Bruce W. Winter, ‘Acts and Food Shortages’, in The Book of Acts in its Graeco-Roman Setting, ed. D. W. J. Gill and Conrad Gempf, BAFCS 2 (Grand Rapids: Eerdmans, 1994), 59–78.
 Taylor, Paul, Antioch and Jerusalem, 116–12; Dunn, The Epistle to the Galatians, 112.
 Josef Hainz, Koinonia: ‘Kirche’ als Gemainschaft bei Paulus (Regensburg: Pustet, 1982), 123–51; Kloppenborg, ‘Paul’s Collection for Jerusalem’, 309.
 E. C. K. Williams II, ‘A Re-evaluation of Temple E and the West End of the Forum of Corinth’, in The Greek Renaissance in the Roman Empire, ed. S. Walker and A. Cameron (London: Institute of Classical Studies, 1989), 156–62; Richard M. Rothaus, Corinth: The First City of Greece: An Urban History of Late Antique Cult and Religion, Religions in the Graeco-Roman World 139 (Leiden: Brill, 2000), 39–42.
 Donald F. Engels, Roman Corinth: An Alternative for the Classical City (Chicago: University of Chicago Press, 1990), 51–52.
 Aulus Gellius, Noct. Att. 16.13.9; Mary E. H. Walbank, ‘Pausanias, Octavia and Temple E at Corinth’, in The Annual of the British School at Athens 84 (1989): 394; Engels, Roman Corinth, 62.
 Bruce W. Winter, After Paul Left Corinth: The Influence of Secular Ethics and Social Change (Grand Rapids: Eerdmans, 2001), 11.
 Engels, Roman Corinth, 220.
 B. M. Levick, ‘Greece (Including Crete and Cyprus) and Asia Minor From 43 B.C. to A.D. 69’, in CAH2 10:666.
 Winter, After Paul Left Corinth, 223–25.
 Michail Rostyovtzeff, The Social and Economic History of the Roman Empire, Volume 2 (Oxford: Clarendon, 1957), 600; M. Jameson, ‘Famine in the Greek World’, in Trade and Famine in Classical Antiquity, ed. Peter Garnsey, Cambridge Philological Society 8 (Cambridge: Cambridge University Press, 1983), 6.
 A. B. West, Corinth: Results of Excavations Conducted by the American School of Classical Studies at Athens 1896–1926 (Cambridge: Cambridge University Press, 1931), 8/2:75–76 (no. 86–90); J. H. Kent, Corinth: Results of Excavations Conducted by the American School of Classical Studies at Athens 1926–1950 (Princeton: Princeton University Press, 1966), 8/3: 116–17 (no. 158–63); James R. Wiseman, ‘Rome and Corinth I’, in ANRW 11.7.1: 500; Bruce W. Winter, ‘Secular and Christian Responses to Corinthian Famines’, TynB 40 (1989): 86, 98–99; Winter, After Paul Left Corinth, 221–22.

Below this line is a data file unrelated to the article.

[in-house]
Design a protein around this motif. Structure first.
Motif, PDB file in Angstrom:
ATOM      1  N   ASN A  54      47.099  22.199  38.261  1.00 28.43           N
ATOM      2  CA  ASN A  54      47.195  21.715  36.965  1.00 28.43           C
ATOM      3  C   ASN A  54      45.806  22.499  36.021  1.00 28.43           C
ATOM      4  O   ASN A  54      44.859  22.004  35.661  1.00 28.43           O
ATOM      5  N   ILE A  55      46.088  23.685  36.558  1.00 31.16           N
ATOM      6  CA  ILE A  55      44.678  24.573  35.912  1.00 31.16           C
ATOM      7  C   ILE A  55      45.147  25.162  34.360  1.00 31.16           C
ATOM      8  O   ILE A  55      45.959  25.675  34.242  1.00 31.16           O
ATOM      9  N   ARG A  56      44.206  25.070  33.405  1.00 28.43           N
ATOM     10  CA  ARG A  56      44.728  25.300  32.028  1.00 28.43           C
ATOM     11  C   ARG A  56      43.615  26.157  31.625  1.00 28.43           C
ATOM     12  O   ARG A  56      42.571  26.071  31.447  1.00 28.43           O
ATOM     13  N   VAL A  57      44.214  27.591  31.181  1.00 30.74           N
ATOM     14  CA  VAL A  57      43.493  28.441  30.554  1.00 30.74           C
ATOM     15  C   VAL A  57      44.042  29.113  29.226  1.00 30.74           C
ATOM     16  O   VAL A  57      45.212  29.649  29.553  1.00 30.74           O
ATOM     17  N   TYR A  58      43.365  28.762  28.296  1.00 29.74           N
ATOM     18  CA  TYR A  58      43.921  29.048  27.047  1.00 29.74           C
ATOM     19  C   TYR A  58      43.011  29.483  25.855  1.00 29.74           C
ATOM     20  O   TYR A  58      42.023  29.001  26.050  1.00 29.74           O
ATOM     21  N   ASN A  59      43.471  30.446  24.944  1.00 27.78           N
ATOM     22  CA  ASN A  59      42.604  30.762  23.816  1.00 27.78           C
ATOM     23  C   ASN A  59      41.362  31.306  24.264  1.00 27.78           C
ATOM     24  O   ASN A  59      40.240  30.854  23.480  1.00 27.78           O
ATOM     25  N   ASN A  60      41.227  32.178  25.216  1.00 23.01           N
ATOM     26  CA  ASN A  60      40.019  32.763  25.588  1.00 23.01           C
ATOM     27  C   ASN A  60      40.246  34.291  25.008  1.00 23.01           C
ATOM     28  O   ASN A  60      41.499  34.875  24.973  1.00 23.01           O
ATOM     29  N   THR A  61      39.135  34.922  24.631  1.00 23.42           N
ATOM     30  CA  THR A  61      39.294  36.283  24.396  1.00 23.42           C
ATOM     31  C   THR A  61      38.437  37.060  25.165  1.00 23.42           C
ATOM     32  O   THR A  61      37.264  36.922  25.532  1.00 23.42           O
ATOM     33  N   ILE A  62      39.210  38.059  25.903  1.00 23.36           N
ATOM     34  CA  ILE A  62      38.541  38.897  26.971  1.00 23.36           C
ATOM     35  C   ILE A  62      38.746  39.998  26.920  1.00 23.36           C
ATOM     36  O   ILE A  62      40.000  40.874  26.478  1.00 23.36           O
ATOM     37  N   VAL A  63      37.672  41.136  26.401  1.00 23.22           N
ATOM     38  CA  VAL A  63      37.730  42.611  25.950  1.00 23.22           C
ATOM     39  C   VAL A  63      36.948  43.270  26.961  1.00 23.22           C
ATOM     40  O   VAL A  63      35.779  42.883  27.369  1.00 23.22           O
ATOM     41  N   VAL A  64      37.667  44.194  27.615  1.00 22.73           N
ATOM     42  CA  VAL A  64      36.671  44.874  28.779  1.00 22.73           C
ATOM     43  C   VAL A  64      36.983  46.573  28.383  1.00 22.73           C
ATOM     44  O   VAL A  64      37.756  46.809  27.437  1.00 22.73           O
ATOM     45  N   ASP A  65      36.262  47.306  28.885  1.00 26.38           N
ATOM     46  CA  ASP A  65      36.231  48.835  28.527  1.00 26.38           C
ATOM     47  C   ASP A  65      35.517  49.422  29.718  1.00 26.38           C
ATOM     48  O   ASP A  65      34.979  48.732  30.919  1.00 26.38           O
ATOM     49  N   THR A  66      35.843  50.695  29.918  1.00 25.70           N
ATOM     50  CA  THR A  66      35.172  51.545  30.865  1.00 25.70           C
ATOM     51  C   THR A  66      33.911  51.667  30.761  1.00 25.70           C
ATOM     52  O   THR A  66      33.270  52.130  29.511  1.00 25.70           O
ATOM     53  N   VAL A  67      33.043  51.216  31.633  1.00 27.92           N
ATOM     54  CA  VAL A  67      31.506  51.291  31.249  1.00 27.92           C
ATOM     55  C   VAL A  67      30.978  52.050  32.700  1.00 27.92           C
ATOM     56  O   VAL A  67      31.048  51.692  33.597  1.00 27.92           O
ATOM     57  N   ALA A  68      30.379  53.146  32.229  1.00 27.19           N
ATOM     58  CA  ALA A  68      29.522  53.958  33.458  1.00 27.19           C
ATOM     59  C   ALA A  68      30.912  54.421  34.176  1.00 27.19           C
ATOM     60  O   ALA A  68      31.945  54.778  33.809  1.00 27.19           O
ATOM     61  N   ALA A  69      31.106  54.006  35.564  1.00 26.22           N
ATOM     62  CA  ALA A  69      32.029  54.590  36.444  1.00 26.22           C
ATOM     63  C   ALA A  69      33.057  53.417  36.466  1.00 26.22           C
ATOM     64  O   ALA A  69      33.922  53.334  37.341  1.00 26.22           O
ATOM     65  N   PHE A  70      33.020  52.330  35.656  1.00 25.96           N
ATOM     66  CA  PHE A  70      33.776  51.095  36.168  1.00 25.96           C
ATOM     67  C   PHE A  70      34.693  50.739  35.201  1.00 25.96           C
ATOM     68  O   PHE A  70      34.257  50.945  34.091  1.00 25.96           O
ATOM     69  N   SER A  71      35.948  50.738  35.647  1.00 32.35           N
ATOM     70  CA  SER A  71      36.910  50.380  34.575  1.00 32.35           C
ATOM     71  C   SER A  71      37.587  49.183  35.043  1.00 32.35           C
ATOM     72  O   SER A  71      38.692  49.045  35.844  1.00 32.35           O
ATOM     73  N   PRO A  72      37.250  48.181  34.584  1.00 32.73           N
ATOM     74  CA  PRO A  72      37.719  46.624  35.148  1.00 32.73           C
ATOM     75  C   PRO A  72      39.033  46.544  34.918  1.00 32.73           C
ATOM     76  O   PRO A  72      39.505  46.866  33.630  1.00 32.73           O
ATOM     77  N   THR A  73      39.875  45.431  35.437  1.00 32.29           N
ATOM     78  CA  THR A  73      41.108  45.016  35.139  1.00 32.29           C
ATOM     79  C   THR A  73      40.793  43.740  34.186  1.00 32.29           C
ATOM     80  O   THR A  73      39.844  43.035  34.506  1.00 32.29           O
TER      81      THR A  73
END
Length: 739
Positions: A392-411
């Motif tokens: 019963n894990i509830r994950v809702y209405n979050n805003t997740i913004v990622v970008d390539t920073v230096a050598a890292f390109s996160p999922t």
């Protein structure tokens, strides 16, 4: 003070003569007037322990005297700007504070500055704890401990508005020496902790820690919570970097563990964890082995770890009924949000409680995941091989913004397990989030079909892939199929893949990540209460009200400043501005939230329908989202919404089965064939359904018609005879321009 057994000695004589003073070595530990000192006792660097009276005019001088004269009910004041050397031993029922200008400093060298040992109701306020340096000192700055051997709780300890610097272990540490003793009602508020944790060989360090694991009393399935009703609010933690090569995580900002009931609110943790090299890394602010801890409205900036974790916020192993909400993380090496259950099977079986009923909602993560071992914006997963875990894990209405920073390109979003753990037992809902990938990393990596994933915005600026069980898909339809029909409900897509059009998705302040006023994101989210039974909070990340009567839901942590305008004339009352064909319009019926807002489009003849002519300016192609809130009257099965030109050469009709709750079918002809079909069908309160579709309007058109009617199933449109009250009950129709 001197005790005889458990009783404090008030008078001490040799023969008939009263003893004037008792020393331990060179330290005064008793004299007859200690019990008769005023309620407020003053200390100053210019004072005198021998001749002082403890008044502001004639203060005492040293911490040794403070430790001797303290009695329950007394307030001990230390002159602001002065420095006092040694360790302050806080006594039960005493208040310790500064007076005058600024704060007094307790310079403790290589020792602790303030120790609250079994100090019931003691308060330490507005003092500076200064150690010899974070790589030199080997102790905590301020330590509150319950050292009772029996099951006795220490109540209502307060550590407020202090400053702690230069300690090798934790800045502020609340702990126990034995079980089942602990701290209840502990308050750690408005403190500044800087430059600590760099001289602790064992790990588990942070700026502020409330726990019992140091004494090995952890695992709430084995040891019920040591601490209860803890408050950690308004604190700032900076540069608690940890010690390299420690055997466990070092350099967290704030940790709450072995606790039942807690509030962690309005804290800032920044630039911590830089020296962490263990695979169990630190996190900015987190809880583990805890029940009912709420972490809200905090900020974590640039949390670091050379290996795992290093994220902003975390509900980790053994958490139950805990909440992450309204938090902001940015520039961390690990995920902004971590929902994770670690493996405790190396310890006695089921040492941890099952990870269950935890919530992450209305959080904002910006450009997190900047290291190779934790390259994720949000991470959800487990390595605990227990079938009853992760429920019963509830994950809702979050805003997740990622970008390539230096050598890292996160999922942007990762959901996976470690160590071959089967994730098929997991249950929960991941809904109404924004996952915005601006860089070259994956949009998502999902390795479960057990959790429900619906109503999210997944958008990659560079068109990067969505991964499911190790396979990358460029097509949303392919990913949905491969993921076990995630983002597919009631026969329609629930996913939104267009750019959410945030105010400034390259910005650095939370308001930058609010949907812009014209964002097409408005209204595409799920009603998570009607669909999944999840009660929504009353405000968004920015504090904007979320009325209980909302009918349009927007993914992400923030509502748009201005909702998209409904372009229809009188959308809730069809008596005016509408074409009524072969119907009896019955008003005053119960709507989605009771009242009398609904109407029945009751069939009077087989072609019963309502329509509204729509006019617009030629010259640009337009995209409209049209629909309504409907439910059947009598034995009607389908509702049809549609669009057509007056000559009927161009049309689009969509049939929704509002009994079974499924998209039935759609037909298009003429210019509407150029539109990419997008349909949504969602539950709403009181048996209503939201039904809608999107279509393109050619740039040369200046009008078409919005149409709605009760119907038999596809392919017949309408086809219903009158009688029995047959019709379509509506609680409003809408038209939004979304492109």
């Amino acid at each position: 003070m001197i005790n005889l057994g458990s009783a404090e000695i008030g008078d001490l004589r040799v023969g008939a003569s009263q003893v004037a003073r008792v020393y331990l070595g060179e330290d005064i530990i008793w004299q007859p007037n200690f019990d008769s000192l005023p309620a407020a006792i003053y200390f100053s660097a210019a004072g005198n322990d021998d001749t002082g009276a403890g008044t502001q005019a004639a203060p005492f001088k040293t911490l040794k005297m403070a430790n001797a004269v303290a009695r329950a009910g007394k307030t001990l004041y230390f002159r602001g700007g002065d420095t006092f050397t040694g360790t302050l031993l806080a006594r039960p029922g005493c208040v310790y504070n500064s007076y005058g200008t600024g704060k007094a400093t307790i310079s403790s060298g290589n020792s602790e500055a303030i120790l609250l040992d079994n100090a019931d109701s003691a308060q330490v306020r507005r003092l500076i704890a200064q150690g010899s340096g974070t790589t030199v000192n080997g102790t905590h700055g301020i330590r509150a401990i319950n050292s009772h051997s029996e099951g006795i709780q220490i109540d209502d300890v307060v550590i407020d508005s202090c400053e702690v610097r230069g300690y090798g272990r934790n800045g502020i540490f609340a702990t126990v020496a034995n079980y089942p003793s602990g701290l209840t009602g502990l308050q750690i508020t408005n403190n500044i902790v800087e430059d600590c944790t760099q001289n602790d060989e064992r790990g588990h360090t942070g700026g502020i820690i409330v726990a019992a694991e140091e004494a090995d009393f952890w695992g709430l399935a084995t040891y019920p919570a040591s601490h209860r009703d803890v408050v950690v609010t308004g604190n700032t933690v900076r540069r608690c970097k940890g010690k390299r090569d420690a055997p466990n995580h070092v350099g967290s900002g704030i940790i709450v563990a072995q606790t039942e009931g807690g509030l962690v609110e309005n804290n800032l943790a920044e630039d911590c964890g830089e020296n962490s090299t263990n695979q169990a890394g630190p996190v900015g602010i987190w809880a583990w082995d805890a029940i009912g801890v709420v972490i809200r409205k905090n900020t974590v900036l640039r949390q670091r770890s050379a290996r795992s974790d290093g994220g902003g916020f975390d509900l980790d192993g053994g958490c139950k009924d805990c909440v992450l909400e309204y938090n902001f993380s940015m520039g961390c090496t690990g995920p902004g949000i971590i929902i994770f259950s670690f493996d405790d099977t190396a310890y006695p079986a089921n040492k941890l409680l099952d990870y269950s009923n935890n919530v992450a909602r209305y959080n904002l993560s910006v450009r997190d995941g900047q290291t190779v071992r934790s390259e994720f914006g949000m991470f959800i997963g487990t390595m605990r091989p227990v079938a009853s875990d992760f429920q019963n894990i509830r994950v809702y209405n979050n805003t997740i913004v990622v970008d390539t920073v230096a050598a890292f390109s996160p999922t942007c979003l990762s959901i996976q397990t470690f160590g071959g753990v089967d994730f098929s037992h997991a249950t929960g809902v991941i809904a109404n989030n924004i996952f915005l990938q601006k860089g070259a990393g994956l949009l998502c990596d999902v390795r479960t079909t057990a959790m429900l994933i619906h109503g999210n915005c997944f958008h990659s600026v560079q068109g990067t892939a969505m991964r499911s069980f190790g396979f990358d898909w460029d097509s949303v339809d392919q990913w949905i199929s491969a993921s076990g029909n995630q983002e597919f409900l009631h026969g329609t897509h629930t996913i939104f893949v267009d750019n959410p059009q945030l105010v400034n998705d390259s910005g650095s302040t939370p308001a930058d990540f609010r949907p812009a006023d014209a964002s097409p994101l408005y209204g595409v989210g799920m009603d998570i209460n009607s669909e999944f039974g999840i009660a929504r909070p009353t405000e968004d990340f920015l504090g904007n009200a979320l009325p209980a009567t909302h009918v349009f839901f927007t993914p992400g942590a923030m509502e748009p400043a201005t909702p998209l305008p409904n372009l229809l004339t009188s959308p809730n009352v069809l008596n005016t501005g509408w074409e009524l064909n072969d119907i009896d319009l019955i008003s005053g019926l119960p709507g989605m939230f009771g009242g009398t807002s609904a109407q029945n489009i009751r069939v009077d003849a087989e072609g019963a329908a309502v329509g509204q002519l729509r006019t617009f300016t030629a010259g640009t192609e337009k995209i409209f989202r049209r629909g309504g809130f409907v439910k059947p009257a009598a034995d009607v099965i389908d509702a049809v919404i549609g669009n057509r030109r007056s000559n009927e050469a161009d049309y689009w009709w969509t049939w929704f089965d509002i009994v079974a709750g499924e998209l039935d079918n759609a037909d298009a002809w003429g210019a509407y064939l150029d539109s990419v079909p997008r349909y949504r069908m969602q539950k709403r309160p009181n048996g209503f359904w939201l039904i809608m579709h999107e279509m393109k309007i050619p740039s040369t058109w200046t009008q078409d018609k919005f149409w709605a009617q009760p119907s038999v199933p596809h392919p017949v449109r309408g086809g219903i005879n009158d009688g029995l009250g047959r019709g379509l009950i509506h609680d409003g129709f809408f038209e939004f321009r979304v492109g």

H. W. Pleket, ‘Economic History of the Ancient World and Epigraphy: Sone Introductory Remarks’, in Akten des VII. International Kongresses für griechische und lateinische Epigraphik (München: C. H. Beck’sche, 1973), 254; Winter, ‘Secular and Christian Responses’, 96.
 J. Triantaplyllopoulos, ‘Paraprasis’, in Acts of the Fifth International Congress of Greek and Latin Epigraphy (Hoboken: Blackwell, 1971), 65–69; Winter, ‘Secular and Christian Responses’, 96.
 Bruce W. Winter, ‘The Public Praising of Christian Benefactors: Romans 13:3–4 Peter 2:14–15’, JSNT 34 (1988): 87–103; Winter, ‘Secular and Christian Responses’, 106.
 Arthur R. Hands, Charities and Social Aid in Greece and Rome (London: Thames and Hudson, 1968), documents 2, 6, 7, 12. 14, 15, 23, 29.
 Pisidia (Acts 13:14–15), Bithynia (CIJ II no. 800 = IK Kalchedon no. 75), Phrygia (CIJ II no. 777; CIJ II no. 1414), Iconium (Acts 14:1), Teos (CIJ II no. 744 = DF no. 16), Samos (CIJ I² no. 731f), Cos (Josephus, Ant. 14.110–13), Halicarnassus (Ant. 14.256–58), Ancyra (Ant. 16.27–28, 162–65), Sardis (Ant. 14.259–61), Ephesus (Acts 19:8; Ant. 16.167–68; CIJ II no. 746 = IK Ephesos V no. 1676).
 Corinth (Acts 18:4), and Athens (Acts 17:16).
 Philippi (Acts 16:13), Thessalonika (Acts 17:1–2), and Berea (Acts 17:10).
 Leon Morris, 1 Corinthians, 2nd ed., TNTC (Downers Grove, IL: InterVarsity Press, 1985), 237.
 Hanz Conzelmann, 1 Corinthians, Herm (Philadelphia: Fortress, 1975), 132 n. 13; G. D. Fee, The First Epistle to the Corinthians, 2nd ed., NICNT (Grand Rapids: Eerdmans, 2014), 329; Winter, ‘Secular and Christian Responses’, 93.
 Winter, After Paul Left Corinth, 223–25.
 Robert Jewett, ‘Romans’, in The Cambridge Companion to St. Paul, ed. James D. G. Dunn (Cambridge: Cambridge University Press, 2003), 104.
 F. F. Bruce, Paul: Apostle of the Free Spirit (Exeter: Paternoster, 1977), 151.
 On the matter of worship on the first day of the week in the early church, see Justin Martyr, 1 Apol. 67.6. See also Morris, 1 Corinthians, 233.
 Kenneth E. Bailey, Paul Through Mediterranean Eyes: Cultural Studies in 1 Corinthians (Downers Grove, IL: InterVarsity Press, 2011), 483–85.
 Morris, 1 Corinthians, 233.
 F. F. Bruce, 1 and 2 Corinthians (London: Oliphants, 1971), 157; C. K. Barrett, A Commentary on the First Epistle to the Corinthians (London: Black, 1971), 385; Fee, The First Epistle to the Corinthians, 897.
 J. Jeremias, Jerusalem zur Zeit Jesu (Göttingen: Vandenhoeck & Ruprecht, 1958), 1:86, 2A:48, 2B:118.
 Thrall, The First and Second Letters of Paul to the Corinthians, 161; Bruce, 1 and 2 Corinthians, 158.